Aspartame: Definition, Examples, Alternatives

aspartame definition, uses, safety
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Aspartame is an artificial sweetener that contains very few calories and can be used in place of sugar. The food additive is a combination of two amino acids: aspartic acid and phenylalanine. Dieters often use aspartame to reduce calories in their food and lose weight.

Also known as phenylalanine aspartame

Aspartame pronunciation: "as-par-tame"

Common misspellings: aspertame, aspertine

Examples:  Switching from a regular soda to iced tea sweetened with aspartame helped April cut 150 calories from her daily diet.

Definition of Aspartame and Common Uses

Aspartame is approved as an artificial sweetener by the U.S. Food and Drug Administration (FDA). The sweetener does provide some calories when you add it to your food or beverage, but you are likely to use much less of it because it is 200 times sweeter than sugar. 

Aspartame is marketed and sold under several different names, including NutraSweet and Equal. You might recognize those brand names from the colorful packets you see next to the sugar on your table when you visit a diner or restaurant. Aspartame is also used in many packaged foods. 

Examples of foods that may be sweetened with aspartame include:

  • diet soft drinks
  • powdered drinks
  • chewing gum
  • dried pudding or jello mixes
  • some cold breakfast cereals
  • some dairy products
  • dried dessert mixes
  • frozen desserts

Aspartame is generally not used in baked goods because it loses its sweetness when it is heated. To see if your food contains aspartame, you can check the ingredients list.

Some food manufacturers also provide this statement “Phenylketonurics: Contains Phenylalanine,” on the package. 

Is Aspartame Safe?

Even though the artificial sweetener has come under fire from a number of natural food organizations, government agencies, and large health organizations continue to stand by the safety of aspartame.

There are, however, some people who should avoid the sweetener.

If you have a condition called phenylketonuria (PKU), you should follow a special diet that limits or completely eliminates aspartame. Some other dieters also choose to avoid aspartame because they get headaches or other symptoms that they feel are caused by the sweetener.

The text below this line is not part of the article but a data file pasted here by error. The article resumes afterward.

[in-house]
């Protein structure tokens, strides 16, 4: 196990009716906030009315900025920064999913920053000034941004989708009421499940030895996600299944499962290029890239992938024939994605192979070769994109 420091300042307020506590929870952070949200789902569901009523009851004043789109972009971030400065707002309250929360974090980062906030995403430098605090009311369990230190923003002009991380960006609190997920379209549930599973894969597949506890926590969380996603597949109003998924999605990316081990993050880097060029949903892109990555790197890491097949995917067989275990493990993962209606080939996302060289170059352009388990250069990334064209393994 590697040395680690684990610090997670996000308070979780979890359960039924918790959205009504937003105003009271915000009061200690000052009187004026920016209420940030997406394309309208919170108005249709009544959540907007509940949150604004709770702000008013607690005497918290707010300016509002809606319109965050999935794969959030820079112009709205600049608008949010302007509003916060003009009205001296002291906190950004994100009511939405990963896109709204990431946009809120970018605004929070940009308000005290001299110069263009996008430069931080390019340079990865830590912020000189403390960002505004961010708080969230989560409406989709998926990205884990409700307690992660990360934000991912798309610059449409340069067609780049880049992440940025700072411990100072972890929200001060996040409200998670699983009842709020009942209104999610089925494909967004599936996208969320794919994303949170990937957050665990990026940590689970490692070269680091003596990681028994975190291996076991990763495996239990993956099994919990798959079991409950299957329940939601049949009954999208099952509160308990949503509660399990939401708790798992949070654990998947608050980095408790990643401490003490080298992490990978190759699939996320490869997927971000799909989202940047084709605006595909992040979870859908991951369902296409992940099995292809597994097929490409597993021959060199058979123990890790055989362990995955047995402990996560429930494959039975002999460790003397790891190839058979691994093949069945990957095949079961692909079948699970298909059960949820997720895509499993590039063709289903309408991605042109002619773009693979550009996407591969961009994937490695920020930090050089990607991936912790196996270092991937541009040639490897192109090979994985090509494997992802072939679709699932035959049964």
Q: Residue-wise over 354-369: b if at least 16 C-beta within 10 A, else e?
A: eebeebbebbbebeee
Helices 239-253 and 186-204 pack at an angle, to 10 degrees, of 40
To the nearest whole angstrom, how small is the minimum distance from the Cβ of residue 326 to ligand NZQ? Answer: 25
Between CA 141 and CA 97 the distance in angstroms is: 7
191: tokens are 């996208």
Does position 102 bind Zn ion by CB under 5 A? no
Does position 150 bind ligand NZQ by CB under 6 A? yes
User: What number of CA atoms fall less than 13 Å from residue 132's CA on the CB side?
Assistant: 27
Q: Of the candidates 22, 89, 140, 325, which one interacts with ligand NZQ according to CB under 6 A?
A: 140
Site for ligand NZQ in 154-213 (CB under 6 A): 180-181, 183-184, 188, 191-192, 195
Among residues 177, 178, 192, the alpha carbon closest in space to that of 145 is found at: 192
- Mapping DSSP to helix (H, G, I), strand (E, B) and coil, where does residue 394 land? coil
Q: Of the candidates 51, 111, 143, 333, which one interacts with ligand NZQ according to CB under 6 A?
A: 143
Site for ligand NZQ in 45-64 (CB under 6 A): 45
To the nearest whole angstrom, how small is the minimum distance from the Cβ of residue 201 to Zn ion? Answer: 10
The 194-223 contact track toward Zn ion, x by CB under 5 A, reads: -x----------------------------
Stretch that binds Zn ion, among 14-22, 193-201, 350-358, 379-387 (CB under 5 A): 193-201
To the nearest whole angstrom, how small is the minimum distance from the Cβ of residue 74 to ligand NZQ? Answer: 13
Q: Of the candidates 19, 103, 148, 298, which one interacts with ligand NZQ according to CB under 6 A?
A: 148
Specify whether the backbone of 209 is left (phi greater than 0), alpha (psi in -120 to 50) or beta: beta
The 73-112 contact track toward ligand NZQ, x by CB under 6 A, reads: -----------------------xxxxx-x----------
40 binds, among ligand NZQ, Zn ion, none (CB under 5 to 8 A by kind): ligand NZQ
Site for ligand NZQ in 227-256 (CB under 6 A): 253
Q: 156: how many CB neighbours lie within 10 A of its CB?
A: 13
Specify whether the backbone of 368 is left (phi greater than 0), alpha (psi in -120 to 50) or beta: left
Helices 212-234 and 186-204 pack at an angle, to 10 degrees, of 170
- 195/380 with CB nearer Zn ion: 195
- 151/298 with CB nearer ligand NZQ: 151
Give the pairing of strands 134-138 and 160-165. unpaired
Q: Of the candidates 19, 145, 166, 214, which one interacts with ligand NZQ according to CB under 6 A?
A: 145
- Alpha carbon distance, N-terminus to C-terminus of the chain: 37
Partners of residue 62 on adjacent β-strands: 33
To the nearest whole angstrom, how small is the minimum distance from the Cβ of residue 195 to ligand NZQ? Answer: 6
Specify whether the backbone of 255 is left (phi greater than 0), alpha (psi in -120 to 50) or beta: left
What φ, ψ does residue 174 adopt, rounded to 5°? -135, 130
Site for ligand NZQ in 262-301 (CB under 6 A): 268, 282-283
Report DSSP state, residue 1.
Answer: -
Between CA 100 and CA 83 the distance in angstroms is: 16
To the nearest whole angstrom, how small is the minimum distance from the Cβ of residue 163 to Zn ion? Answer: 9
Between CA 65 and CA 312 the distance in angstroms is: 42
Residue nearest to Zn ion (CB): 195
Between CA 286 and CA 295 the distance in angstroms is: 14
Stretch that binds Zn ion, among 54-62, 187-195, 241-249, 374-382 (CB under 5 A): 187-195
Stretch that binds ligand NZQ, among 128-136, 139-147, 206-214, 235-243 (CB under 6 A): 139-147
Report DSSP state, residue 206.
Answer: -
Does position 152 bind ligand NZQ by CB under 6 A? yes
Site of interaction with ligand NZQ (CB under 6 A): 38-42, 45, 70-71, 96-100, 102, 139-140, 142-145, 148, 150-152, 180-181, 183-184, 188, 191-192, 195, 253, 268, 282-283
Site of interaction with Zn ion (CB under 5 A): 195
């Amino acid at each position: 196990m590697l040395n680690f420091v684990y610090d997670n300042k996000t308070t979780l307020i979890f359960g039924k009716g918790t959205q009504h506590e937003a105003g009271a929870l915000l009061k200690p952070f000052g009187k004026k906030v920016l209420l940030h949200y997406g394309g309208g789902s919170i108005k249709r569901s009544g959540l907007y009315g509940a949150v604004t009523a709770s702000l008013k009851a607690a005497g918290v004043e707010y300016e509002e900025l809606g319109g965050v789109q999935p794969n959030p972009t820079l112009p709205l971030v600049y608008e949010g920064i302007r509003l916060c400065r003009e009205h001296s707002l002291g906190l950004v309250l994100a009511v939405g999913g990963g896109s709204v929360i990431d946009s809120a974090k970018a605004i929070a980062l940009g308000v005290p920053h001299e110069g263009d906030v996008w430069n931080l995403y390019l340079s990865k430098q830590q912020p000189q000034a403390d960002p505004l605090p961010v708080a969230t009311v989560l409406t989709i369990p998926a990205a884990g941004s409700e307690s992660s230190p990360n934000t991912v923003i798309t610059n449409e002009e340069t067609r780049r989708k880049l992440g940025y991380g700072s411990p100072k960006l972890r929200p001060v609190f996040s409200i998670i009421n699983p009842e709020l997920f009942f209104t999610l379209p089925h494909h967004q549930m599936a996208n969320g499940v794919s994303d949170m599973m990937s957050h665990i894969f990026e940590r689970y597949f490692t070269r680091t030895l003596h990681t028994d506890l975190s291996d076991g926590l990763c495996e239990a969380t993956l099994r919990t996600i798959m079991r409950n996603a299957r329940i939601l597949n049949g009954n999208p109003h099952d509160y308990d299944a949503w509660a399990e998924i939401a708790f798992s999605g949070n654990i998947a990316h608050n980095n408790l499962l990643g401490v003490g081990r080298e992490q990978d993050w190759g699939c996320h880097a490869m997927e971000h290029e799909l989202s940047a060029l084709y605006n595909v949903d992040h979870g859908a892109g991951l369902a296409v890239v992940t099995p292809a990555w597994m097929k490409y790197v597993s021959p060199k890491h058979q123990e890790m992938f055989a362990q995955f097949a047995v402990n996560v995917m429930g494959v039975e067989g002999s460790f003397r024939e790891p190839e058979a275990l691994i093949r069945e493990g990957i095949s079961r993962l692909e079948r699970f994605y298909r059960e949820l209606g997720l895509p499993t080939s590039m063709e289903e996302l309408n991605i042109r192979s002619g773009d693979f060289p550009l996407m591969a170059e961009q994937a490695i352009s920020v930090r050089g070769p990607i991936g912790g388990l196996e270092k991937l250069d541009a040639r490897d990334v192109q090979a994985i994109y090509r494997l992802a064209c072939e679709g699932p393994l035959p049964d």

Should I Use Aspartame to Lose Weight?

The use of aspartame, or any artificial sweetener, for weight loss is a hotly debated topic. Diet, nutrition and health experts often weigh in on opposite sides of the argument. 

Some studies have shown that when dieters use artificial sweeteners to cut calories, they are able to lose weight successfully. But other studies have shown that using a high-intensity sweetener like aspartame may change the way you taste and crave food, causing you to crave increasingly sweet and unhealthy treats. Most researchers agree that more research is needed before we know for sure if artificial sweeteners are good for weight loss.

But the research may not matter to you.

You probably already know if you feel better during the day if you have a diet soda or a piece of sugar-free candy as a treat. If a low-calorie or no-calorie sweet treat helps you to stick to your diet, then it may be something for you to keep in your eating plan. But if you find that you can't drink your diet cola without a bag of chips or a slice of pizza, then you may want to choose water instead.

Alternatives to Aspartame

If you're trying to lose weight and you want to avoid foods with aspartame, you have a few options. There are other no-calorie or low-calorie sweeteners on the market, including saccharin (Sweet and Low, for example) sucralose (Splenda, for example) and sweeteners made from stevia.  The FDA has also approved a high-intensity sweetener called advantame which is estimated to be 20,000 times as sweet as sugar.

But many dieters find that learning to adjust their palate is the easiest way to cut back on sweeteners and on sugar, as well. Reducing your intake of sweetened food may also help to improve your diet. So how do you make the change? Opt for fresh or frozen fruit when you are craving a sweet treat. Drink water instead of sweetened beverages and use activity instead of sugar for a boost of energy. These healthy habits may be hard to adopt initially, but they can help you to feel better and eat better for life.

*This article was edited by Malia Frey, Weight Loss Expert


Additional Information about High-Intensity Sweeteners Permitted for use in Food in the United States. U.S.Food and Drug Administration. Accessed: February 22, 2016.

Artificial Sweeteners and Cancer. National Cancer Institute. National Institutes of Health. Accessed: February 22, 2016.

Qing Yang. " Gain weight by “going diet?” Artificial sweeteners and the neurobiology of sugar cravings." Yale Journal of Biology and Medicine June 2010.

Aspartame. American Cancer Society. Accessed: February 22, 2016.

Center for Science in the Public Interest. Chemical Cuisine. Learn About Food Additives. Accessed: February 22, 2016.

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